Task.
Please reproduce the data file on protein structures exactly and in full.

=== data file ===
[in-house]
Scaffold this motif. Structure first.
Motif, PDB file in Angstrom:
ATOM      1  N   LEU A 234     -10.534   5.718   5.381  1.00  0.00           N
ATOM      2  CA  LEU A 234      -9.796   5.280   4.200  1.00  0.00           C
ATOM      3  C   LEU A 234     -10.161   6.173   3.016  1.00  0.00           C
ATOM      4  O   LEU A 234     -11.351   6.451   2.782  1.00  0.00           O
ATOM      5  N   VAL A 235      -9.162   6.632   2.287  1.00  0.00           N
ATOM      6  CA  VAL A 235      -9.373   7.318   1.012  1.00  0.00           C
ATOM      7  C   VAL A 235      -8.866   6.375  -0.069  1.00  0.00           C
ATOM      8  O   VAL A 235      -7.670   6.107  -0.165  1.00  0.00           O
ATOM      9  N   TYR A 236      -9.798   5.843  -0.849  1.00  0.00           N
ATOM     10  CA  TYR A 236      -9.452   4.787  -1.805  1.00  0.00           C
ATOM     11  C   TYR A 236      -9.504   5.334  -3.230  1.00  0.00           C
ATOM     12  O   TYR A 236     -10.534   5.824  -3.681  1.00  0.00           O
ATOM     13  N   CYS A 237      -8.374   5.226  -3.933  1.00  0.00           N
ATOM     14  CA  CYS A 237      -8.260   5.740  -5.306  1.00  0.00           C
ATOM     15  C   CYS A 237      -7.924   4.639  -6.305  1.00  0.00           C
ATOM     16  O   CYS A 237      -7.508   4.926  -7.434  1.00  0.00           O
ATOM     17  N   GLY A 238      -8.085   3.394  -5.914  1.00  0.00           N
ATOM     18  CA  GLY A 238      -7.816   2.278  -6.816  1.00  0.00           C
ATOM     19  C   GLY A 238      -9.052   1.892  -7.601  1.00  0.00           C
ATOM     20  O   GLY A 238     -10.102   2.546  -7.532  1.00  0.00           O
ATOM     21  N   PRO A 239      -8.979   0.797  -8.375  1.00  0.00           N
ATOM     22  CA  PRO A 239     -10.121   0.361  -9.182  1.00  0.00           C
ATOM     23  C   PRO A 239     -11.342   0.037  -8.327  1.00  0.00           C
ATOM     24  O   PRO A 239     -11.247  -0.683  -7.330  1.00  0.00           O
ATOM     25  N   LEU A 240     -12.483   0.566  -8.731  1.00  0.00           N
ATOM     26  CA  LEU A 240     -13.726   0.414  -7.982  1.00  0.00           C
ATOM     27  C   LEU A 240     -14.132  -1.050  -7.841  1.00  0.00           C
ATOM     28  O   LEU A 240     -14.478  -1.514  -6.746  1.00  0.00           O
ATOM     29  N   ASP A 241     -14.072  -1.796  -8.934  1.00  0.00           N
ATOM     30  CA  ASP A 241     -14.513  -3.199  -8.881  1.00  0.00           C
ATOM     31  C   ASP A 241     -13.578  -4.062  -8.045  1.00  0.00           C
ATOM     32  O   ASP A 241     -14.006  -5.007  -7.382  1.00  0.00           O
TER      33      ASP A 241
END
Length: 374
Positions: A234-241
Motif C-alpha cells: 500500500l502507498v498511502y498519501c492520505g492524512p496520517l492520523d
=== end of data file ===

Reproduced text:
[in-house]
Scaffold this motif. Structure first.
Motif, PDB file in Angstrom:
ATOM      1  N   LEU A 234     -10.534   5.718   5.381  1.00  0.00           N
ATOM      2  CA  LEU A 234      -9.796   5.280   4.200  1.00  0.00           C
ATOM      3  C   LEU A 234     -10.161   6.173   3.016  1.00  0.00           C
ATOM      4  O   LEU A 234     -11.351   6.451   2.782  1.00  0.00           O
ATOM      5  N   VAL A 235      -9.162   6.632   2.287  1.00  0.00           N
ATOM      6  CA  VAL A 235      -9.373   7.318   1.012  1.00  0.00           C
ATOM      7  C   VAL A 235      -8.866   6.375  -0.069  1.00  0.00           C
ATOM      8  O   VAL A 235      -7.670   6.107  -0.165  1.00  0.00           O
ATOM      9  N   TYR A 236      -9.798   5.843  -0.849  1.00  0.00           N
ATOM     10  CA  TYR A 236      -9.452   4.787  -1.805  1.00  0.00           C
ATOM     11  C   TYR A 236      -9.504   5.334  -3.230  1.00  0.00           C
ATOM     12  O   TYR A 236     -10.534   5.824  -3.681  1.00  0.00           O
ATOM     13  N   CYS A 237      -8.374   5.226  -3.933  1.00  0.00           N
ATOM     14  CA  CYS A 237      -8.260   5.740  -5.306  1.00  0.00           C
ATOM     15  C   CYS A 237      -7.924   4.639  -6.305  1.00  0.00           C
ATOM     16  O   CYS A 237      -7.508   4.926  -7.434  1.00  0.00           O
ATOM     17  N   GLY A 238      -8.085   3.394  -5.914  1.00  0.00           N
ATOM     18  CA  GLY A 238      -7.816   2.278  -6.816  1.00  0.00           C
ATOM     19  C   GLY A 238      -9.052   1.892  -7.601  1.00  0.00           C
ATOM     20  O   GLY A 238     -10.102   2.546  -7.532  1.00  0.00           O
ATOM     21  N   PRO A 239      -8.979   0.797  -8.375  1.00  0.00           N
ATOM     22  CA  PRO A 239     -10.121   0.361  -9.182  1.00  0.00           C
ATOM     23  C   PRO A 239     -11.342   0.037  -8.327  1.00  0.00           C
ATOM     24  O   PRO A 239     -11.247  -0.683  -7.330  1.00  0.00           O
ATOM     25  N   LEU A 240     -12.483   0.566  -8.731  1.00  0.00           N
ATOM     26  CA  LEU A 240     -13.726   0.414  -7.982  1.00  0.00           C
ATOM     27  C   LEU A 240     -14.132  -1.050  -7.841  1.00  0.00           C
ATOM     28  O   LEU A 240     -14.478  -1.514  -6.746  1.00  0.00           O
ATOM     29  N   ASP A 241     -14.072  -1.796  -8.934  1.00  0.00           N
ATOM     30  CA  ASP A 241     -14.513  -3.199  -8.881  1.00  0.00           C
ATOM     31  C   ASP A 241     -13.578  -4.062  -8.045  1.00  0.00           C
ATOM     32  O   ASP A 241     -14.006  -5.007  -7.382  1.00  0.00           O
TER      33      ASP A 241
END
Length: 374
Positions: A234-241
Motif C-alpha cells: 500500500l502507498v498511502y498519501c492520505g492524512p496520517l492520523d